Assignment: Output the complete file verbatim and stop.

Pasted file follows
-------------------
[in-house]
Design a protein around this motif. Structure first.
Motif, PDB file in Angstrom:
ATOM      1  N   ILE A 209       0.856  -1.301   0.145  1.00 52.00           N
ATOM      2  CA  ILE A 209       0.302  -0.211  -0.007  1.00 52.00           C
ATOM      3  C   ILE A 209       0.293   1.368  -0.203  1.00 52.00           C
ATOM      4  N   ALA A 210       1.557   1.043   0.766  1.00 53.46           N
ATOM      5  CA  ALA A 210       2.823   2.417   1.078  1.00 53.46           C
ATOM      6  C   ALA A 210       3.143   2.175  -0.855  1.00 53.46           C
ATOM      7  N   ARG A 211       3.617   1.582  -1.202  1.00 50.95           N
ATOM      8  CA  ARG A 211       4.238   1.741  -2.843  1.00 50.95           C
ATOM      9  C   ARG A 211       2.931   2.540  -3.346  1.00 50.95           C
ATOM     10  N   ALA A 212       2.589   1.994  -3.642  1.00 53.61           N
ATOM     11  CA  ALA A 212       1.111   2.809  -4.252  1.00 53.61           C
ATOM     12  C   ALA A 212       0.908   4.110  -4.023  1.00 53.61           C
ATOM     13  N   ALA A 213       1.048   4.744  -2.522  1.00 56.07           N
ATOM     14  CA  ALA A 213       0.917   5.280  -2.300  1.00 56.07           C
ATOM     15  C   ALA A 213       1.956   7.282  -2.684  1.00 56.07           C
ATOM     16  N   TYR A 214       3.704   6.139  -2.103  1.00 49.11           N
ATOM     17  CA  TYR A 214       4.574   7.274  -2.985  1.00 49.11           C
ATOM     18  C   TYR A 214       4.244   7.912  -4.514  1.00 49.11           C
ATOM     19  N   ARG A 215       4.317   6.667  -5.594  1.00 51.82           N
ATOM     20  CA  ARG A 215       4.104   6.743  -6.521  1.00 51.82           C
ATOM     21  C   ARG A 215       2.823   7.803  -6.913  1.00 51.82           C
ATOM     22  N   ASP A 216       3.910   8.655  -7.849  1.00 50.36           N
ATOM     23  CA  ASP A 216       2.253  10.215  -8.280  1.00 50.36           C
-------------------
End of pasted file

[in-house]
Design a protein around this motif. Structure first.
Motif, PDB file in Angstrom:
ATOM      1  N   ILE A 209       0.856  -1.301   0.145  1.00 52.00           N
ATOM      2  CA  ILE A 209       0.302  -0.211  -0.007  1.00 52.00           C
ATOM      3  C   ILE A 209       0.293   1.368  -0.203  1.00 52.00           C
ATOM      4  N   ALA A 210       1.557   1.043   0.766  1.00 53.46           N
ATOM      5  CA  ALA A 210       2.823   2.417   1.078  1.00 53.46           C
ATOM      6  C   ALA A 210       3.143   2.175  -0.855  1.00 53.46           C
ATOM      7  N   ARG A 211       3.617   1.582  -1.202  1.00 50.95           N
ATOM      8  CA  ARG A 211       4.238   1.741  -2.843  1.00 50.95           C
ATOM      9  C   ARG A 211       2.931   2.540  -3.346  1.00 50.95           C
ATOM     10  N   ALA A 212       2.589   1.994  -3.642  1.00 53.61           N
ATOM     11  CA  ALA A 212       1.111   2.809  -4.252  1.00 53.61           C
ATOM     12  C   ALA A 212       0.908   4.110  -4.023  1.00 53.61           C
ATOM     13  N   ALA A 213       1.048   4.744  -2.522  1.00 56.07           N
ATOM     14  CA  ALA A 213       0.917   5.280  -2.300  1.00 56.07           C
ATOM     15  C   ALA A 213       1.956   7.282  -2.684  1.00 56.07           C
ATOM     16  N   TYR A 214       3.704   6.139  -2.103  1.00 49.11           N
ATOM     17  CA  TYR A 214       4.574   7.274  -2.985  1.00 49.11           C
ATOM     18  C   TYR A 214       4.244   7.912  -4.514  1.00 49.11           C
ATOM     19  N   ARG A 215       4.317   6.667  -5.594  1.00 51.82           N
ATOM     20  CA  ARG A 215       4.104   6.743  -6.521  1.00 51.82           C
ATOM     21  C   ARG A 215       2.823   7.803  -6.913  1.00 51.82           C
ATOM     22  N   ASP A 216       3.910   8.655  -7.849  1.00 50.36           N
ATOM     23  CA  ASP A 216       2.253  10.215  -8.280  1.00 50.36           C